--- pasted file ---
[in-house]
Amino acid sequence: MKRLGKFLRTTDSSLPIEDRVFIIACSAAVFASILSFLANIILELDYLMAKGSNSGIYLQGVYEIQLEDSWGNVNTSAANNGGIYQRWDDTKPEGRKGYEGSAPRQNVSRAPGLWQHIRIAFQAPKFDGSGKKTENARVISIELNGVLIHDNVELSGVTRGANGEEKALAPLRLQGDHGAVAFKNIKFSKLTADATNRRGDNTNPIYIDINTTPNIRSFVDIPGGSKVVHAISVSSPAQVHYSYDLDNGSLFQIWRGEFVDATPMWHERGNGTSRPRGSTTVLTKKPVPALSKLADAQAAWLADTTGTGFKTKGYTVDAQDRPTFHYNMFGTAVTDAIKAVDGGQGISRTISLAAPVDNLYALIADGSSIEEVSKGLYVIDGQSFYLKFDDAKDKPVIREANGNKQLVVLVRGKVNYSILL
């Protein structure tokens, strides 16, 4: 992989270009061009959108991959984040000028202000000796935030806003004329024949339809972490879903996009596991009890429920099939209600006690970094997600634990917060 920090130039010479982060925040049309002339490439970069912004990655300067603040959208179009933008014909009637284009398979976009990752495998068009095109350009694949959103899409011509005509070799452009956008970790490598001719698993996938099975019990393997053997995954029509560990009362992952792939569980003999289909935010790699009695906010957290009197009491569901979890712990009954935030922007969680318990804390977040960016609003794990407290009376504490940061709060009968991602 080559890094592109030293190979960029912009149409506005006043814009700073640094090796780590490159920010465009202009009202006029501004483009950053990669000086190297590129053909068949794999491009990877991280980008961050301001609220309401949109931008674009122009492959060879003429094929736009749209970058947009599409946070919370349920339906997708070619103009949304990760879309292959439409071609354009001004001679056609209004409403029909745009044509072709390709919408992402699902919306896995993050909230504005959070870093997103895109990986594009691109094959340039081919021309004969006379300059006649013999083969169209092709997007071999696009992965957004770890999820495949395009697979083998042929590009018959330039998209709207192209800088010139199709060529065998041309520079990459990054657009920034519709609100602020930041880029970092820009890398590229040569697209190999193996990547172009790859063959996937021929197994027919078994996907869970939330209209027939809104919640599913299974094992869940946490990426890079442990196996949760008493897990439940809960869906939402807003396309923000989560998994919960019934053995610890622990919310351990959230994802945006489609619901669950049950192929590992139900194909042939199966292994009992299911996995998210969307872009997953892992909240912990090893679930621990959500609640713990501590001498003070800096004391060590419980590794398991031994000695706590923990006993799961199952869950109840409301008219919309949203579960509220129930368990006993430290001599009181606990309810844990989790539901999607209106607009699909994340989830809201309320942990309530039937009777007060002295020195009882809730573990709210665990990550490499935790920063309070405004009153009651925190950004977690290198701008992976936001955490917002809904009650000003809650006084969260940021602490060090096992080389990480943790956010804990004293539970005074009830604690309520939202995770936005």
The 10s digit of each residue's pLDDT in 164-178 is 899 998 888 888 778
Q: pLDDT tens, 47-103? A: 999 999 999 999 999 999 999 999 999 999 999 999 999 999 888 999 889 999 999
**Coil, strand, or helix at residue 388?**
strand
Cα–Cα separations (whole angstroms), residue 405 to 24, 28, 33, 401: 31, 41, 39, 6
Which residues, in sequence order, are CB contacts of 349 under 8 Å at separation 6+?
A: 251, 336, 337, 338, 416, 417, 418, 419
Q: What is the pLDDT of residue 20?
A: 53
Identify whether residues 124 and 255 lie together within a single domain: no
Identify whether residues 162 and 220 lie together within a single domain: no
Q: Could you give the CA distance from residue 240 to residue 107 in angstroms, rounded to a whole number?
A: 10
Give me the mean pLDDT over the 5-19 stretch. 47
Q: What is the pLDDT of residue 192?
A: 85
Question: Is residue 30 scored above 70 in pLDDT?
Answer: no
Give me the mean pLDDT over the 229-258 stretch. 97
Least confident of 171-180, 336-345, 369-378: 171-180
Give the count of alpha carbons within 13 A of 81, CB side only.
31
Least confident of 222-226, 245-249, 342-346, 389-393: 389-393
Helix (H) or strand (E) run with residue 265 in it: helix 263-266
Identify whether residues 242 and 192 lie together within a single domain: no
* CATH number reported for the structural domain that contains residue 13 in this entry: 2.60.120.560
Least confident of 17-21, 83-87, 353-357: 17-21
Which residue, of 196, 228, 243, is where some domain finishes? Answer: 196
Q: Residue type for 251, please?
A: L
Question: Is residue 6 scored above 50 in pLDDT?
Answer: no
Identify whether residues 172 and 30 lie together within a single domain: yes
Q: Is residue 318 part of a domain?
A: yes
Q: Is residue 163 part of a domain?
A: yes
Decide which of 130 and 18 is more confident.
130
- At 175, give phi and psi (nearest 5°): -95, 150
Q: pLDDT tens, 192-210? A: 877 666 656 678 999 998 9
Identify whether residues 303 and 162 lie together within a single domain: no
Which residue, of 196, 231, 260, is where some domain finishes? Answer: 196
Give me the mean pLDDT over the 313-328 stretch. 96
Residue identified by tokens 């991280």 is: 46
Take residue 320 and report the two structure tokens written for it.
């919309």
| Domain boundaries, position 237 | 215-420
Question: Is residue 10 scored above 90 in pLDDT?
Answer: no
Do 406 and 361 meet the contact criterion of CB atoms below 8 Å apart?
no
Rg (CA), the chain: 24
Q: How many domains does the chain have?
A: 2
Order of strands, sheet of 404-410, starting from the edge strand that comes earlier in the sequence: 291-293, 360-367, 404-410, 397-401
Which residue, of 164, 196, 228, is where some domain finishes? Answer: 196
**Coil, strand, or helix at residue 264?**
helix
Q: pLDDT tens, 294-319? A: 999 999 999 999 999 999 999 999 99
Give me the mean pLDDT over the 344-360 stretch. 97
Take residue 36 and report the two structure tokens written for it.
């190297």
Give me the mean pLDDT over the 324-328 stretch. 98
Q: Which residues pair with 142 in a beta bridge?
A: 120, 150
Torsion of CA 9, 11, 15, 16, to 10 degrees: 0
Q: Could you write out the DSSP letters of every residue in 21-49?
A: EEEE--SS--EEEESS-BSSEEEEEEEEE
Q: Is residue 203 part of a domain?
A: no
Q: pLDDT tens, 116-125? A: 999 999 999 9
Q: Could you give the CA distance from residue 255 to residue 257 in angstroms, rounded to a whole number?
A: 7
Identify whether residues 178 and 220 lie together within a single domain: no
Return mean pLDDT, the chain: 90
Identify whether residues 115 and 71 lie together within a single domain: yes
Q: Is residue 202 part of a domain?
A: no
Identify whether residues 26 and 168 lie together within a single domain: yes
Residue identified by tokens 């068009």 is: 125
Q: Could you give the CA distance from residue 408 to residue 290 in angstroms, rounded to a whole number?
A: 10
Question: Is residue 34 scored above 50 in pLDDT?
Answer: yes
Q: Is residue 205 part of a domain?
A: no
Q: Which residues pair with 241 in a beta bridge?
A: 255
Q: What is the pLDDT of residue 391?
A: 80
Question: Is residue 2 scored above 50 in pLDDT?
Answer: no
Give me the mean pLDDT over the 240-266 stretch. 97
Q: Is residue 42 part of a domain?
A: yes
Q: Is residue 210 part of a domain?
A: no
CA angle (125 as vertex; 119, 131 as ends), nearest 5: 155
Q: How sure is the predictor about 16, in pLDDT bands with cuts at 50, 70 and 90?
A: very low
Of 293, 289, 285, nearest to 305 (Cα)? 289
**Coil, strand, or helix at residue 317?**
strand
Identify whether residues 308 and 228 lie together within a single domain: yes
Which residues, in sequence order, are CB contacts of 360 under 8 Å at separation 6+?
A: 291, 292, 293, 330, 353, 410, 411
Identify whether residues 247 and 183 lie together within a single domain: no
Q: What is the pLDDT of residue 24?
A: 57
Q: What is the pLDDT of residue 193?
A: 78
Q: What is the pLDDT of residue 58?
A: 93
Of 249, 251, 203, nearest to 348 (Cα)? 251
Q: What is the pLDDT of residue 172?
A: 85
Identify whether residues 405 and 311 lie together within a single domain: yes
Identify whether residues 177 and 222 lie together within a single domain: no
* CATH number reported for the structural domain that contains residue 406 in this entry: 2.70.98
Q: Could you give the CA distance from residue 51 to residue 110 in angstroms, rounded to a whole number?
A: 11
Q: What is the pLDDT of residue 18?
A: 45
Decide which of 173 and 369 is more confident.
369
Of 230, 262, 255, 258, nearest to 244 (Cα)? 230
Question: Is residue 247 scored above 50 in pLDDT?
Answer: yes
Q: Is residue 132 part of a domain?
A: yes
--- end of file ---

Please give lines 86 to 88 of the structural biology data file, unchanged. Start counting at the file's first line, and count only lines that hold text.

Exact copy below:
A: 10
Question: Is residue 34 scored above 50 in pLDDT?
Answer: yes